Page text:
Genomic carrier screening can identify more disease-associated variants than existing carrier screening methodologies, but its utility from patients' perspective is not yet established. A randomized controlled trial for preconception genomic carrier screening provided an opportunity to understand patients' decisions about whether to accept or decline testing. We administered a survey to potential genomic carrier screening recipients who declined participation (N = 240) to evaluate their reasons for doing so. Two thirds of women declined participation. We identified major themes describing reasons these individuals declined to participate; the most common were time limitation, lack of interest, not wanting to know the information, and potential cause of worry or anxiety. Most women eligible for genomic carrier screening indicated that their reasons for opting out were due to logistical issues rather than opposing the rationale for testing. As expanded carrier screening and genomic sequencing become a more routine part of clinical care, it is anticipated there will be variable uptake from individuals for this testing. Thus, the advancement of clinical carrier screening from single genes, to expanded screening panels, to an exome- or genome-wide platform, will require approaches that respect individual choice to receive genetic testing for reproductive risk assessment.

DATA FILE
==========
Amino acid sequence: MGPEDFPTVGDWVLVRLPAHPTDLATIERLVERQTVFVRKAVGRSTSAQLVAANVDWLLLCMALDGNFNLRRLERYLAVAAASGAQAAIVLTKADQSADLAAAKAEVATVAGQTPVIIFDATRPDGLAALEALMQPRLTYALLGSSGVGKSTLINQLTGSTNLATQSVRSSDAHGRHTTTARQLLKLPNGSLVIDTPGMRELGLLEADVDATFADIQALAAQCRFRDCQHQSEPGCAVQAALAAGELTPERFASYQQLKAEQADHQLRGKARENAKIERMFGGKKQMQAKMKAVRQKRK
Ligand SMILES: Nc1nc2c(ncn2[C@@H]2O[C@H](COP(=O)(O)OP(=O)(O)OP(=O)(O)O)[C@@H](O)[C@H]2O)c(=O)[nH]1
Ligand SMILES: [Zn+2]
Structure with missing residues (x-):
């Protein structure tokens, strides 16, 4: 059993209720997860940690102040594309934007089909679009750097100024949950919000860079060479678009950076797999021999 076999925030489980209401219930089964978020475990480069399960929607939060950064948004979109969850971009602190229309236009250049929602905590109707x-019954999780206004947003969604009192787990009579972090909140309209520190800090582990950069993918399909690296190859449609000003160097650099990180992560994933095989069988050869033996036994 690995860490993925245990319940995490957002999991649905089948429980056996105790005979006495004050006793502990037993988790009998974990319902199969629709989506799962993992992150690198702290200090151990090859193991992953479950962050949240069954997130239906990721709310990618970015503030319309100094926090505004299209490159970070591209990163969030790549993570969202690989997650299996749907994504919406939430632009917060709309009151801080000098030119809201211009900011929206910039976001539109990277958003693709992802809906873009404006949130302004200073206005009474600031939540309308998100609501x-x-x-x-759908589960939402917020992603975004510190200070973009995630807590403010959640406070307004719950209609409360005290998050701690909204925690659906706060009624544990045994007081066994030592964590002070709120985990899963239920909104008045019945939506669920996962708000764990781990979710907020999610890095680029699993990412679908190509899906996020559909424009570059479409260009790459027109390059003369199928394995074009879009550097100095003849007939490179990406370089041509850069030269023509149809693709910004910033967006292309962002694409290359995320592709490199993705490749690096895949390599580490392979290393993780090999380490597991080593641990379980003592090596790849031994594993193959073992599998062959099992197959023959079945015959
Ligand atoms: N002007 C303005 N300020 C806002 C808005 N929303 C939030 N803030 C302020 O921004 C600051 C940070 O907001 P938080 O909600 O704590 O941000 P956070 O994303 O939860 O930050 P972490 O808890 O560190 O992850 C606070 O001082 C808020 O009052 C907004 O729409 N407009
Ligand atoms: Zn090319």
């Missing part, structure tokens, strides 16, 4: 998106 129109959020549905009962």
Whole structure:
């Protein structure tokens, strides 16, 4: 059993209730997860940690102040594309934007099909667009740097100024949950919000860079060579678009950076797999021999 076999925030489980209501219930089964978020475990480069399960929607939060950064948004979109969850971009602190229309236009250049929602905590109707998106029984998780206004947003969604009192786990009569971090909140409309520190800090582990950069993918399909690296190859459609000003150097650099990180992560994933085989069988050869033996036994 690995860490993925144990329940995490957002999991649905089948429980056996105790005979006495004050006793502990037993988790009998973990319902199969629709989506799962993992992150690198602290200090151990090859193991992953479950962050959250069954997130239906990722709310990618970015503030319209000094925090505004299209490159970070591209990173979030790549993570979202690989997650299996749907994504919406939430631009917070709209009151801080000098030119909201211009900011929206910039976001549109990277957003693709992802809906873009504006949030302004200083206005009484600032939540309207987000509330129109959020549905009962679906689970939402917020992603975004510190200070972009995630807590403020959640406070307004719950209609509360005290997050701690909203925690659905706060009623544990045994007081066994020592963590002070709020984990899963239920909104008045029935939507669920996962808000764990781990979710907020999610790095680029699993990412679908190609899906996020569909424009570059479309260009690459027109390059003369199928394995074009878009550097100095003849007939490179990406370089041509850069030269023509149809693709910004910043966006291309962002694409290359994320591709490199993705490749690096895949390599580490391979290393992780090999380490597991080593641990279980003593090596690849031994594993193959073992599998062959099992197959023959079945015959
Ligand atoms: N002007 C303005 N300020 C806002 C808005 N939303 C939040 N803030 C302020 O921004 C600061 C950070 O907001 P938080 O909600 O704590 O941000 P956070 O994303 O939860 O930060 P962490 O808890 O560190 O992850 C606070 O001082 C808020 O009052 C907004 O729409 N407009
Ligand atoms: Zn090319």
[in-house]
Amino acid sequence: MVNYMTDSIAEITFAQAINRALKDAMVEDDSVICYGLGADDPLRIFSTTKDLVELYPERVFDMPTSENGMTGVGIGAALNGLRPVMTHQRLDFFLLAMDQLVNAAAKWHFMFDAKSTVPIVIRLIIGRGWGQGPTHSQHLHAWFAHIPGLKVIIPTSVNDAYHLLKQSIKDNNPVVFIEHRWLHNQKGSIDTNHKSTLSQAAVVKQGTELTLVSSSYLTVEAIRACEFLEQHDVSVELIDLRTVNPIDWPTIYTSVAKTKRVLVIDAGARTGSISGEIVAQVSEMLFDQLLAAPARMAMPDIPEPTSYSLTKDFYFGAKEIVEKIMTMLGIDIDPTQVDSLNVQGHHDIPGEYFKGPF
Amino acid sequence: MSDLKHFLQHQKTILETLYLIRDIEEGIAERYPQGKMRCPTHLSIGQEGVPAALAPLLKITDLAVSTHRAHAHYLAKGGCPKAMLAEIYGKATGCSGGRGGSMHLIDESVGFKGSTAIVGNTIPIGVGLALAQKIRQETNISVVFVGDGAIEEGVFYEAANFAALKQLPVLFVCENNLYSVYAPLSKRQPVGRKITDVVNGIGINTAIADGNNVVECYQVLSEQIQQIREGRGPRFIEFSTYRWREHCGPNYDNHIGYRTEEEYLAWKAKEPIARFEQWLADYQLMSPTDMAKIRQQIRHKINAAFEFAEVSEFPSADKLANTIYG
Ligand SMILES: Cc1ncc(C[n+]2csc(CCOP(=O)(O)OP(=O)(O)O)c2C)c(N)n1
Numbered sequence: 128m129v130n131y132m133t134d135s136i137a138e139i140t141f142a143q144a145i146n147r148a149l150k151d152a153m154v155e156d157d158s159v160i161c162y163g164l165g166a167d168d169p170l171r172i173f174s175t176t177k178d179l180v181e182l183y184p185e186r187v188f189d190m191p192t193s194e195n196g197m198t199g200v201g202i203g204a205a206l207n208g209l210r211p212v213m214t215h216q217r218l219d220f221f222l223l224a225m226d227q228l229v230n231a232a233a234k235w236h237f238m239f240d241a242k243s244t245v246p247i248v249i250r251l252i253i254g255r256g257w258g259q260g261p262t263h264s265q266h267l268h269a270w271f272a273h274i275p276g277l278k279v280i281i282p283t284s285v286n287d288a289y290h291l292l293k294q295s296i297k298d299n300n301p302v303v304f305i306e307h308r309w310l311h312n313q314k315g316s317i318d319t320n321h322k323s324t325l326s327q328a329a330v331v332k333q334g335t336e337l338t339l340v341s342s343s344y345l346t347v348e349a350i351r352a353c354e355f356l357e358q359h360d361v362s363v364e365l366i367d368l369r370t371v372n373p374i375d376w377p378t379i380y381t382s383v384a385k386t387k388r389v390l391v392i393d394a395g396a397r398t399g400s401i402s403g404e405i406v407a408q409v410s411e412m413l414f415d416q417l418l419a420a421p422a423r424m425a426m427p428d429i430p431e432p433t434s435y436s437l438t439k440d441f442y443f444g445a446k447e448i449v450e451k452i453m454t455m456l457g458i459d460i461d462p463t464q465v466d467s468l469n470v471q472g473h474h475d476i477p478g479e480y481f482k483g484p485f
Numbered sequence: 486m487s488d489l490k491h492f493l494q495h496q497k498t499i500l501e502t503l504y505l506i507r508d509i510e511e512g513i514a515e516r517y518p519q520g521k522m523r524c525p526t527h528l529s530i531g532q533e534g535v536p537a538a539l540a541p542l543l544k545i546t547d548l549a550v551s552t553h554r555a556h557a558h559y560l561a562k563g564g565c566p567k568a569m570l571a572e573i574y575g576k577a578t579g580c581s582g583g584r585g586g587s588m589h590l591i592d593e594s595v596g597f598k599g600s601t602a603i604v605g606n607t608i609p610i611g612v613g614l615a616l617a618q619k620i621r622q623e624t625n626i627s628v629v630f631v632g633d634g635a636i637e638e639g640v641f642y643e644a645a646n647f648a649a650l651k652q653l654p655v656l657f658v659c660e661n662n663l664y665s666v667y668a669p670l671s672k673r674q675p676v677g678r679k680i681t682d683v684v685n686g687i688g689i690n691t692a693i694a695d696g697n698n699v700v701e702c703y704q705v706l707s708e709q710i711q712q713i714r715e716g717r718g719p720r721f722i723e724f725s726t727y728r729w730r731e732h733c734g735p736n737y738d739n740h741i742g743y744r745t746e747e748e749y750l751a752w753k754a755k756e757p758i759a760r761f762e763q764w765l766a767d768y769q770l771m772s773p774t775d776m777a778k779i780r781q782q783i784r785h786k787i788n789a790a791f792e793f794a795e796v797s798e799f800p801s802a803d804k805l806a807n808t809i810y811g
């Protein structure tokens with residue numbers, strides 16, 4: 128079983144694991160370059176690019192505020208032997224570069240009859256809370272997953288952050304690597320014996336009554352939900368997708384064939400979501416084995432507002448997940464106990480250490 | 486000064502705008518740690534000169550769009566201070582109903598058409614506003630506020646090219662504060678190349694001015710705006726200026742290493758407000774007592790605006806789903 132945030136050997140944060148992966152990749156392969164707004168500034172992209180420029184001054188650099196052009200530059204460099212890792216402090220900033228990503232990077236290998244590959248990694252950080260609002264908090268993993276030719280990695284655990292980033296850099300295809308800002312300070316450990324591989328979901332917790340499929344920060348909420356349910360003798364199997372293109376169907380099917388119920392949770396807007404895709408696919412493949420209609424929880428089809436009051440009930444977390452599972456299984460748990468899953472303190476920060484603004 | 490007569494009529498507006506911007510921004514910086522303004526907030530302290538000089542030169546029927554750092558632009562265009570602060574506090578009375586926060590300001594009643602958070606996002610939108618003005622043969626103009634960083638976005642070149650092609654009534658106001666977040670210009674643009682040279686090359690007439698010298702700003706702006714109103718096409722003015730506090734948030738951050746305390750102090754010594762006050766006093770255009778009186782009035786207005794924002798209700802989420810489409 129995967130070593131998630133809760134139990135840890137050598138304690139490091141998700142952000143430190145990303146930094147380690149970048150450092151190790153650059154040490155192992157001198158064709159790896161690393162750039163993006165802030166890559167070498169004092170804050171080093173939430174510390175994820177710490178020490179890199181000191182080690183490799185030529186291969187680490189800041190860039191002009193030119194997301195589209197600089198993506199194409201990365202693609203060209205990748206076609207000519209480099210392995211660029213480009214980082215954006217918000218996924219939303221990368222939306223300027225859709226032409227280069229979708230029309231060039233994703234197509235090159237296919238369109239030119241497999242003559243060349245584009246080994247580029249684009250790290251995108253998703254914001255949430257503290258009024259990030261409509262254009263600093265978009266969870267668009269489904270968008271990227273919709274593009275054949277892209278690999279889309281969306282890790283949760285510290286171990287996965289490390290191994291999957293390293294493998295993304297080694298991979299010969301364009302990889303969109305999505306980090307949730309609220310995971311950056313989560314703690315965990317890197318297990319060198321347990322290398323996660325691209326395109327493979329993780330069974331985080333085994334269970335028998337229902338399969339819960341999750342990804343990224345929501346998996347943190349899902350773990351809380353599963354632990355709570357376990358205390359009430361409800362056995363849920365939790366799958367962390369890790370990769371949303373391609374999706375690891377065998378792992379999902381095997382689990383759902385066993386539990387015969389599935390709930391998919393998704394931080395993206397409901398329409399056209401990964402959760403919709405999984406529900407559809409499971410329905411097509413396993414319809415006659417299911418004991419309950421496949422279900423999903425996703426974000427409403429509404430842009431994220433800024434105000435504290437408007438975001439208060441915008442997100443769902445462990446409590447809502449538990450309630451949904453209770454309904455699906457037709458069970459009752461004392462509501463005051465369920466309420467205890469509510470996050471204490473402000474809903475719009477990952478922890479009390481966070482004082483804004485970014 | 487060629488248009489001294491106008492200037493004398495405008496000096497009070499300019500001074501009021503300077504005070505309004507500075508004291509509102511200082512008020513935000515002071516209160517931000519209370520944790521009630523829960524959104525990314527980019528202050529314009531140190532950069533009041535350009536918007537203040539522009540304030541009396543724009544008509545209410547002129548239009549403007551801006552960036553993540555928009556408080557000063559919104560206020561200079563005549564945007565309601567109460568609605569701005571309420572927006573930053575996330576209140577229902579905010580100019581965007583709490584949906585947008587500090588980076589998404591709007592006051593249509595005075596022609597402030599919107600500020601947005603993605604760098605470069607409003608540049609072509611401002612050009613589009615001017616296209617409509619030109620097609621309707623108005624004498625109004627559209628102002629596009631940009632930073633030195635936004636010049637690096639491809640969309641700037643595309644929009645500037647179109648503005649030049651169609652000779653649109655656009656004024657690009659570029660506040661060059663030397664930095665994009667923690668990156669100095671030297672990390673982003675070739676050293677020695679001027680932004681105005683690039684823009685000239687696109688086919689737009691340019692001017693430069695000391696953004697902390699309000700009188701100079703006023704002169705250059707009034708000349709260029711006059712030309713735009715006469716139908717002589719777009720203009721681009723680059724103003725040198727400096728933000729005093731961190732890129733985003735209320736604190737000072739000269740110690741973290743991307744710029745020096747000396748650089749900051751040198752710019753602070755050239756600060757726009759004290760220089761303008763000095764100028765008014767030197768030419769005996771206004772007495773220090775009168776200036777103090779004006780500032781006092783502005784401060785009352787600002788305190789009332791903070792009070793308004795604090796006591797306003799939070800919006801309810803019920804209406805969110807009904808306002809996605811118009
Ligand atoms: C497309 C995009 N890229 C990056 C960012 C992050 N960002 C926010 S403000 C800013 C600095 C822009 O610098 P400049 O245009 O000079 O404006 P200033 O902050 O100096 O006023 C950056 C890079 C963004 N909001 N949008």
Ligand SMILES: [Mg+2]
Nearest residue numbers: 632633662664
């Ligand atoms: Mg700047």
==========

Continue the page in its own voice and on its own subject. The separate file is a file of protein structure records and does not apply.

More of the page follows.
Keywords: Declining genetic testing; Genome sequencing; Genomic medicine; Patient testing decisions; Preconception expanded carrier screening; Qualitative research; Reproductive decisions.